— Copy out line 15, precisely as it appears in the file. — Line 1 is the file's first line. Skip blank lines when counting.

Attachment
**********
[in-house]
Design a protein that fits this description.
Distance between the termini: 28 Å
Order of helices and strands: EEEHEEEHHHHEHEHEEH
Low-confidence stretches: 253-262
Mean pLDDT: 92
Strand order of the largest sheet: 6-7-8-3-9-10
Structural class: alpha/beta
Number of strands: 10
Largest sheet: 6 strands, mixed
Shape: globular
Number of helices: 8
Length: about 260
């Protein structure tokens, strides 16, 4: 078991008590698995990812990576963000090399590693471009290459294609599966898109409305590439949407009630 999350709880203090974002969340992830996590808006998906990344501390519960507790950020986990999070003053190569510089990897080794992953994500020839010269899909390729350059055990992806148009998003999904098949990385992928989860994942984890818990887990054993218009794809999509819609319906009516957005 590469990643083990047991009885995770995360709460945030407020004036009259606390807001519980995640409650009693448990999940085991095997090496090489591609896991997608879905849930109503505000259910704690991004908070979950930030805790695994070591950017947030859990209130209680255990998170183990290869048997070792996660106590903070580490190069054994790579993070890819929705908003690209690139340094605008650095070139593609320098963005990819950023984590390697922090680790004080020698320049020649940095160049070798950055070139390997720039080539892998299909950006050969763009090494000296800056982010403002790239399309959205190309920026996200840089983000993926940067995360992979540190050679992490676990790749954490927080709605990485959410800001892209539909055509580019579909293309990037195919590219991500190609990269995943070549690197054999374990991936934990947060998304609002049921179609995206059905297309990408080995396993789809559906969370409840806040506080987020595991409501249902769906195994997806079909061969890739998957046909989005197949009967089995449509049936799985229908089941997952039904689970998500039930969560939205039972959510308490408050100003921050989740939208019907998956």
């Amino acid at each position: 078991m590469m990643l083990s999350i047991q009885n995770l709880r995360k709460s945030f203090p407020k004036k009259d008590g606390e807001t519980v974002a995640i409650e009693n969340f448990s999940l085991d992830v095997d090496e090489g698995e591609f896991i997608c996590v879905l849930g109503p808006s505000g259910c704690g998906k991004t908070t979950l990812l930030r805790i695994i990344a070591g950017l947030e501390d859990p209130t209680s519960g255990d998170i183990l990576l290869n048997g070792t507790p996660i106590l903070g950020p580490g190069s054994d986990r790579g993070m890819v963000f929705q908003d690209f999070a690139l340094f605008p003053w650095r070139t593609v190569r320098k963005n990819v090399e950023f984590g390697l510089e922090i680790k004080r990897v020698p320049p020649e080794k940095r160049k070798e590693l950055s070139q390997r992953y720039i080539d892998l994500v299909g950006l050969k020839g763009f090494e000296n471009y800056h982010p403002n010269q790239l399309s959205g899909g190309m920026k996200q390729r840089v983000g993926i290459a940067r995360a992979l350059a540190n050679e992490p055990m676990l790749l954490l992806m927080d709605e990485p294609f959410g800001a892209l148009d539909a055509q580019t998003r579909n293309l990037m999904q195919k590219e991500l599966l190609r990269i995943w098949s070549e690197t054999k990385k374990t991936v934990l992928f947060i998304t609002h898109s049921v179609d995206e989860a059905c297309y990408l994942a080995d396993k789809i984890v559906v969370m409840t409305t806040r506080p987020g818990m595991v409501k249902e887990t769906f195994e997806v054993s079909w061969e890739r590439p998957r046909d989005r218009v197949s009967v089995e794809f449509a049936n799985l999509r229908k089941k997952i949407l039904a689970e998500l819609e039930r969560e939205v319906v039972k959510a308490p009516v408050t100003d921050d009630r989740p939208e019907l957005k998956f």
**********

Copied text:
């Amino acid at each position: 078991m590469m990643l083990s999350i047991q009885n995770l709880r995360k709460s945030f203090p407020k004036k009259d008590g606390e807001t519980v974002a995640i409650e009693n969340f448990s999940l085991d992830v095997d090496e090489g698995e591609f896991i997608c996590v879905l849930g109503p808006s505000g259910c704690g998906k991004t908070t979950l990812l930030r805790i695994i990344a070591g950017l947030e501390d859990p209130t209680s519960g255990d998170i183990l990576l290869n048997g070792t507790p996660i106590l903070g950020p580490g190069s054994d986990r790579g993070m890819v963000f929705q908003d690209f999070a690139l340094f605008p003053w650095r070139t593609v190569r320098k963005n990819v090399e950023f984590g390697l510089e922090i680790k004080r990897v020698p320049p020649e080794k940095r160049k070798e590693l950055s070139q390997r992953y720039i080539d892998l994500v299909g950006l050969k020839g763009f090494e000296n471009y800056h982010p403002n010269q790239l399309s959205g899909g190309m920026k996200q390729r840089v983000g993926i290459a940067r995360a992979l350059a540190n050679e992490p055990m676990l790749l954490l992806m927080d709605e990485p294609f959410g800001a892209l148009d539909a055509q580019t998003r579909n293309l990037m999904q195919k590219e991500l599966l190609r990269i995943w098949s070549e690197t054999k990385k374990t991936v934990l992928f947060i998304t609002h898109s049921v179609d995206e989860a059905c297309y990408l994942a080995d396993k789809i984890v559906v969370m409840t409305t806040r506080p987020g818990m595991v409501k249902e887990t769906f195994e997806v054993s079909w061969e890739r590439p998957r046909d989005r218009v197949s009967v089995e794809f449509a049936n799985l999509r229908k089941k997952i949407l039904a689970e998500l819609e039930r969560e939205v319906v039972k959510a308490p009516v408050t100003d921050d009630r989740p939208e019907l957005k998956f």